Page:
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The truth behind Paledi’s ousting

Publishing Date : 15 April, 2019

Author : TEBOGO KGALEMANG

After many months of speculation, Bruno Paledi was finally removed as head of the Directorate on Corruption and Economic Crime (DCEC) last week replaced by Brigadier Joseph Mathambo who had been seconded from the Botswana Defence Force (BDF) initially as the Director of Operations DCEC.


Paledi’s tenure as the DCEC boss was the shortest in the history of the directorate, having stayed in office for only 20 months. Paledi has been transferred to the Ministry of Justice and Security, a position many deem as an outright demotion. “The writing was on the wall once former long serving DCEC director of Operations Eugene Wasetso was transferred to the Ministry of Health mysteriously and was replaced by Mathambo. Many immediately saw the appointment of Mathambo as an understudy to eventually takeover Paledi,” said a source at the DCEC.


“Paledi’s days became numbered from there on. Mathambo’s conduct and attitude was very clear on the onset-he was the man in charge or rather soon to be in charge. We saw Paledi being reduced to a small isolated figure within the organization.” At the time when he resumed the office of the directorate, Paledi came in with much ‘energy’ promising to bring down ‘big fish’. With his frequent public relations gimmicks in the media, he had promised to bring to court many dockets which had been put on hold for political reasons. On the other hand, some saw a cheap PR stunt meant to protect the interests of senior government officials mainly that of former President Lt Gen Ian Khama and former DIS boss Isaac Kgosi as he was thought to be close to them.


It was immediately after his appointment at DCEC that dockets started missing: “Two dockets of ‘missing reptiles and wildlife’ and the one on an ‘irregular procurement of ammunition from Zimbabwe’ grew legs while Kgosi’s previous corruption docket also disappeared,” narrated one DCEC investigator. When he left office in April last year, Khama’s farewell last stop was the DCEC offices. Khama was seen at the offices under the pretext that he was bidding the organization farewell.


“Such a small organization!  It is very funny that he did not even bid the parent Ministry of Defence and Security a personal farewell. We all knew his visit was meant to ensure that his dockets and those of his right hand man Kgosi were destroyed,” said the insider. Paledi has also been repeatedly accused of carrying out a political witch-hunt using the National Petroleum Fund (NPF) case. He has been accused of emotionally imposing himself on the ongoing corruption case together with his team of investigators, his target not necessarily being the accused before the court, but the government.


“Having been duly informed as a stockholder on the impending transaction involving the Directorate of Intelligence and Security (DIS) and the Ministry Of Minerals Resources Green Technology and Energy Security, Paledi decided nonetheless to investigate the transaction and embarrass government in the process.” “Some documents were hidden from the Directorate of Public Prosecutions (DPP), hence compromising undertakings of making promises to senior government officials were made. They had lied to the current administration that wrongdoing had been done and that they will protect them,” said one prosecutor.


“Such was a visit to some Gaborone based Attorneys where Paledi requested a file containing information on His Excellency President   Mokgweetsi Masisi’s trust account under the pretext that he wanted to protect the President. But the attorney refused with the file and further refused to delete information contained in the file,” said a source close to the events adding that ploy was not up to protect Masisi, but instead to use the information for political reasons.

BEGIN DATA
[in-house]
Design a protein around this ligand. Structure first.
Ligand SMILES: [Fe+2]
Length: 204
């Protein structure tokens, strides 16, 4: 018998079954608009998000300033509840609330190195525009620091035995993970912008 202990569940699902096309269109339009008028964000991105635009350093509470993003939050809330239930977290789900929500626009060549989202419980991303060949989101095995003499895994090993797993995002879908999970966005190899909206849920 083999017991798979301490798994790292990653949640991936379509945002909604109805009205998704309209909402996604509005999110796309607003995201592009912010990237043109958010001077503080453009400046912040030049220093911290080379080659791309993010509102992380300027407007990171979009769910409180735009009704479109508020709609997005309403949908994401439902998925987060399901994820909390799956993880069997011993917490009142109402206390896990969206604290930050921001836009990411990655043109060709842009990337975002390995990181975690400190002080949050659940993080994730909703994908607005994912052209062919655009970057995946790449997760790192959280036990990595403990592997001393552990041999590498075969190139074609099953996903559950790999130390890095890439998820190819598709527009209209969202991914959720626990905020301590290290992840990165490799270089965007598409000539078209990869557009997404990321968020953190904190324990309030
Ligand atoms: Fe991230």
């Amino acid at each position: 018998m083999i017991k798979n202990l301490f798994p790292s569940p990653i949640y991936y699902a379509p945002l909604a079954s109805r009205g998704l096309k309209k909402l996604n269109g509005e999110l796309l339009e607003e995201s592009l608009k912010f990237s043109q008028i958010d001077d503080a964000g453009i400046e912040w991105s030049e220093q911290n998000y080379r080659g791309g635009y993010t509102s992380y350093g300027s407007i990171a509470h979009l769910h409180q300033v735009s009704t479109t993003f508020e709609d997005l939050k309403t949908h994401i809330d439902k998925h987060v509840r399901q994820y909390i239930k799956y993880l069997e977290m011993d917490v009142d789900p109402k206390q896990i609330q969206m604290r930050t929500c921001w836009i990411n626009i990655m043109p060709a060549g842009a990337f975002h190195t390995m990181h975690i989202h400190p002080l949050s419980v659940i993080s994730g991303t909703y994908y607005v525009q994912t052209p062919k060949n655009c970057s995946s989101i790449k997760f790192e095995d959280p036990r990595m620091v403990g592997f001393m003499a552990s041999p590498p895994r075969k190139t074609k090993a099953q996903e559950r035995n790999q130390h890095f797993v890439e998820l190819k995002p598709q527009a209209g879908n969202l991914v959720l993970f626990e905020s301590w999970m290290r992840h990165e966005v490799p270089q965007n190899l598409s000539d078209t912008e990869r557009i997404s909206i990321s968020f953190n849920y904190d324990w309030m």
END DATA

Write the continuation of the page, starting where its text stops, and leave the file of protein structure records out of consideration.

Meanwhile it is alleged that the NPF docket was found at Kgosi’s residence under the recent search and seizure warrants conducted by BURS and DIS. “The DPP has been made to chase the dark. Numerous savingrams and emails vindicate us that we had requested for information regarding the NPF case from the DCEC which we never got. And to our surprise, we see government contracts and correspondences that throw our case strategy out of the window from the media. And this is the sole reason why DPP has kept on changing the charge sheets now and then. And this has not only compromised the case but has embarrassed government institutions as well,” the source indicated.


Further accusations against Paledi are that he has exceeded his authority and damaged Botswana’s image abroad through the NPF case. The mishandling of the P230m money laundering case has resulted in Botswana being listed as a money laundering haven. Recently, the European Union, and in particular France, put the country on a watch list of money laundering centres, of which is said to have the potential of affecting trade, the ease of doing business in future.


This publication also learnt that removing Paledi from the DCEC is like cutting the fish head leaving the body parts.  “There still remains a lot of rot within the DCEC because some of the investigators are still doing bidding for external forces. Staff morale is very low, and the organization is being used to wage wars against political adversaries. Some of the investigators are under the payroll of outsiders.


The investigators themselves have dockets either within the DCEC itself or at related sister agencies.” Contacted for comment, Paledi said, “I kindly ask you to write whatever you want without involving me. I have gone through a lot for the past six months. I just want to fade into the background and move on with my life.”

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